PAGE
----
From NASA via Science Alert: “This NASA Visualisation of a Black Hole Is So Beautiful, We Could Cry”




Science Alert

26 JAN 2020

NASA Visualization Shows a Black Hole’s Warped World

The first-ever direct image of a black hole’s event horizon was a truly impressive feat of scientific ingenuity. But it was extremely difficult to achieve, and the resulting image was relatively low-resolution.

Mesier 87*, The first image of a black hole. First-ever direct image of a black hole, Messier 87*. (EHT Collaboration).This is the supermassive black hole at the center of the galaxy Messier 87. Image via JPL/ Event Horizon Telescope Collaboration.

EHT map

Now iconic image of Katie Bouman-Harvard Smithsonian Astrophysical Observatory after the image of Messier 87 was achieved. Headed from Harvard to Caltech as an Assistant Professor. On the committee for the next iteration of the EHT .

Techniques and technology will be refined, and it’s expected that future direct images of black holes will improve with time. In September 2019, a NASA visualisation – made for the agency’s Black Hole Week – showed what we might expect to see in high-resolution images of an actively accreting supermassive black hole.

Supermassive black holes sit at the centres of most large galaxies, and how they got there is a mystery; which came first, the black hole or the galaxy, is one of the big questions in cosmology.

What we do know is that they are really huge, as in millions or billions of times the mass of the Sun; that they can control star formation; that when they wake up and start feeding, they can become the brightest objects in the Universe. Over the decades, we have also figured out some of their strange dynamics.

In fact, the very first simulated image of a black hole, calculated using a 1960s punch card IBM 7040 computer and plotted by hand by French astrophysicist Jean-Pierre Luminet in 1978, still looks a lot like NASA’s simulation.

In both simulations (the one above, and Luminet’s work below), you see a black circle in the centre. That’s the event horizon, the point at which electromagnetic radiation – light, radio waves, X-rays and so forth – are no longer fast enough to achieve escape velocity from the black hole’s gravitational pull.

(Jean-Pierre Luminet)

Across the middle of the black hole is the front of the disc of material that is swirling around the black hole, like water into a drain. It generates such intense radiation through friction that we can detect this part with our telescopes – that’s what you are seeing in the picture of Messier 87*.

You can see the photon ring, a perfect ring of light around the event horizon. And you can see a broad sweep of light around the black hole. That light is actually coming from the part of the accretion disc behind the black hole; but the gravity is so intense, even outside the event horizon, that it warps spacetime and bends the path of light around the black hole.

You can also see that one side of the accretion disc is brighter than the other. This effect is called relativistic beaming, and it’s caused by the rotation of the disc. The part of the disc that is moving towards us is brighter because it is moving close to light-speed. This motion produces a change in frequency in the wavelength of the light. It’s called the Doppler effect.

The side that’s moving away from us, therefore, is dimmer, because that motion has the opposite effect.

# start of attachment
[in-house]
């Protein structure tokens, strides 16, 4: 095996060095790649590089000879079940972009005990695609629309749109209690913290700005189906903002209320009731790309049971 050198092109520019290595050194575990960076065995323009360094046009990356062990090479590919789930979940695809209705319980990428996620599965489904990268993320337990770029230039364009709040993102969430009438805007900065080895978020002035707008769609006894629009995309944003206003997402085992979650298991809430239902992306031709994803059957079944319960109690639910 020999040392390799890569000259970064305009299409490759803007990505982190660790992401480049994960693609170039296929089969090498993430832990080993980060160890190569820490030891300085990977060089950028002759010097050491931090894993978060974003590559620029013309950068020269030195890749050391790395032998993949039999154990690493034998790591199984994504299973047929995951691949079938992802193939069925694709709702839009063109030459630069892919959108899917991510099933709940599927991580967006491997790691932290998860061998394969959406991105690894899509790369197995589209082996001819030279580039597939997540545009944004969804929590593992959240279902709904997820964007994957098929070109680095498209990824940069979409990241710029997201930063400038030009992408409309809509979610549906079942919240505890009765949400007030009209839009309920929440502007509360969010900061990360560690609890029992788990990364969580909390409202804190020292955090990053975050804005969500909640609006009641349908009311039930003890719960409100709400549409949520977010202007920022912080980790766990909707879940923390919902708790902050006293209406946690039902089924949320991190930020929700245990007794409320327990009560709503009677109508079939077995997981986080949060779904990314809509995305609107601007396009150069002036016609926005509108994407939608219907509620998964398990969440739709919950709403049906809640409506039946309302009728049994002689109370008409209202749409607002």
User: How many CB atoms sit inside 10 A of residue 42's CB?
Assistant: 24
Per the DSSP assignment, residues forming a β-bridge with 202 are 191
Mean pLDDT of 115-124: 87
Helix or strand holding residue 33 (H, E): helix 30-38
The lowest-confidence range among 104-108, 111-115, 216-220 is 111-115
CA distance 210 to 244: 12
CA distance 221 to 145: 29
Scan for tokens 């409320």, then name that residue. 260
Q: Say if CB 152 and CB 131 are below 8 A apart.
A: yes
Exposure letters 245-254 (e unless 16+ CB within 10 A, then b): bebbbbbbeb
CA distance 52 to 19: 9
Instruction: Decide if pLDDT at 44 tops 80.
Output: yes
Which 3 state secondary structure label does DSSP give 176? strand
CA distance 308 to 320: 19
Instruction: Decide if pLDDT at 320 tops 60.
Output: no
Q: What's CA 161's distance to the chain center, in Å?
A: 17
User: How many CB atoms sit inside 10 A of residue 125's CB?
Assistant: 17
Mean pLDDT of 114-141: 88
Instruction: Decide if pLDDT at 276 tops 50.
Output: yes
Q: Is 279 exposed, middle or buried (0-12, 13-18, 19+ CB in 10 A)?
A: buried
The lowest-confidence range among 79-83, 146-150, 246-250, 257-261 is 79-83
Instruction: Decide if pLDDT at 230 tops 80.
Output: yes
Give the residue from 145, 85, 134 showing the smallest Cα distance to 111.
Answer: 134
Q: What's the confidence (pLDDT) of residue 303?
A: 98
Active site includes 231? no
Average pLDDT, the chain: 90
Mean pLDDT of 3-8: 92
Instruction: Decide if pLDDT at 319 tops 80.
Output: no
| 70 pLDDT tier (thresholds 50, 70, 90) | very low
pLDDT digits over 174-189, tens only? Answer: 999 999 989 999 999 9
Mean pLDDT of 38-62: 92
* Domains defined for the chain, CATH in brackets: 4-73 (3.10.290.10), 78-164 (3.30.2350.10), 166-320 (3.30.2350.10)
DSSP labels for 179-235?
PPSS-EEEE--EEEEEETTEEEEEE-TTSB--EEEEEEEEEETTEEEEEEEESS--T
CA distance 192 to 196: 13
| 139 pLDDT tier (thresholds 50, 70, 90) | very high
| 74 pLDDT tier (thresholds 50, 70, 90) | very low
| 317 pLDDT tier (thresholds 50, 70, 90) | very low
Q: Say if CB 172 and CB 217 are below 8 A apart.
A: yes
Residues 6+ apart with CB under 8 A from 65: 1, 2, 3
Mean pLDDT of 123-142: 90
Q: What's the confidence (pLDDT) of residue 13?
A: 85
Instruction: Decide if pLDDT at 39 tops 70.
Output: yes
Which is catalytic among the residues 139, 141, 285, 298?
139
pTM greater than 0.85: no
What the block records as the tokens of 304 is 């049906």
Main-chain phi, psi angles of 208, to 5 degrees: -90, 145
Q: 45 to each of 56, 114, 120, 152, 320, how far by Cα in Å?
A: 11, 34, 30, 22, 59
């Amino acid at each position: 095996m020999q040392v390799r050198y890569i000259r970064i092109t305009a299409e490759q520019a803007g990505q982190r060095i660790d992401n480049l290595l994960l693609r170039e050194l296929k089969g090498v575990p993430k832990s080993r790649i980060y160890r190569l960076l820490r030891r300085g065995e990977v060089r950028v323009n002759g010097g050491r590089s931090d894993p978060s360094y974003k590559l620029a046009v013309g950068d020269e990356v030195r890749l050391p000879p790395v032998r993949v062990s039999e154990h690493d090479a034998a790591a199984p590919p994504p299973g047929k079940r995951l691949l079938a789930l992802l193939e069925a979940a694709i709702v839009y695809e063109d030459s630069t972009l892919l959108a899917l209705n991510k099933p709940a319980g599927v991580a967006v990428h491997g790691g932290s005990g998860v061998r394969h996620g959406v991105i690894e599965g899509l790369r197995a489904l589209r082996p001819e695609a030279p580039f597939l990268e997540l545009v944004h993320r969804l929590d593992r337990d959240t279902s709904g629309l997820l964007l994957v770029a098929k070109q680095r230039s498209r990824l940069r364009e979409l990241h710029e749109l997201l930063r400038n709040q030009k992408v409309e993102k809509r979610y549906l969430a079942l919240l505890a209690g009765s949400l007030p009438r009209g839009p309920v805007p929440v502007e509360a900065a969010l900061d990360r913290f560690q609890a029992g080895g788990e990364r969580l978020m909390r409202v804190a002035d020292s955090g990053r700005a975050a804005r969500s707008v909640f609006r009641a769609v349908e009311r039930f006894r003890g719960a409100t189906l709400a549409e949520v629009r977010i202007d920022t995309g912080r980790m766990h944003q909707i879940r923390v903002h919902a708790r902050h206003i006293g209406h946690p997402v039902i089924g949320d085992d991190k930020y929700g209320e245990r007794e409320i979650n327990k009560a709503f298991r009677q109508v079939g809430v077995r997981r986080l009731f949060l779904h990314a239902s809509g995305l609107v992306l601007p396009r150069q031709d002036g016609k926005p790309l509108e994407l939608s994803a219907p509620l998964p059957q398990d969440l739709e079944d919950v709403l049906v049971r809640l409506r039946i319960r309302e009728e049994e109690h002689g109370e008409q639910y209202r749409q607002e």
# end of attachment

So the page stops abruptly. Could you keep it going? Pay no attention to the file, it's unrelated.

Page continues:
“It is precisely this strong asymmetry of apparent luminosity,” Luminet wrote in a paper last year, “that is the main signature of a black hole, the only celestial object able to give the internal regions of an accretion disk a speed of rotation close to the speed of light and to induce a very strong Doppler effect.”

Simulations such as these can help us understand the extreme physics around supermassive black holes – and that helps us understand what we are seeing when we look at the picture of Messier 87*.

See the full article here .


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The National Aeronautics and Space Administration (NASA) is the agency of the United States government that is responsible for the nation’s civilian space program and for aeronautics and aerospace research.

President Dwight D. Eisenhower established the National Aeronautics and Space Administration (NASA) in 1958 with a distinctly civilian (rather than military) orientation encouraging peaceful applications in space science. The National Aeronautics and Space Act was passed on July 29, 1958, disestablishing NASA’s predecessor, the National Advisory Committee for Aeronautics (NACA). The new agency became operational on October 1, 1958.

Since that time, most U.S. space exploration efforts have been led by NASA, including the Apollo moon-landing missions, the Skylab space station, and later the Space Shuttle. Currently, NASA is supporting the International Space Station and is overseeing the development of the Orion Multi-Purpose Crew Vehicle and Commercial Crew vehicles. The agency is also responsible for the Launch Services Program (LSP) which provides oversight of launch operations and countdown management for unmanned NASA launches. Most recently, NASA announced a new Space Launch System that it said would take the agency’s astronauts farther into space than ever before and lay the cornerstone for future human space exploration efforts by the U.S.

NASA science is focused on better understanding Earth through the Earth Observing System, advancing heliophysics through the efforts of the Science Mission Directorate’s Heliophysics Research Program, exploring bodies throughout the Solar System with advanced robotic missions such as New Horizons, and researching astrophysics topics, such as the Big Bang, through the Great Observatories [Hubble, Chandra, Spitzer, and associated programs. NASA shares data with various national and international organizations such as from the [JAXA]Greenhouse Gases Observing Satellite.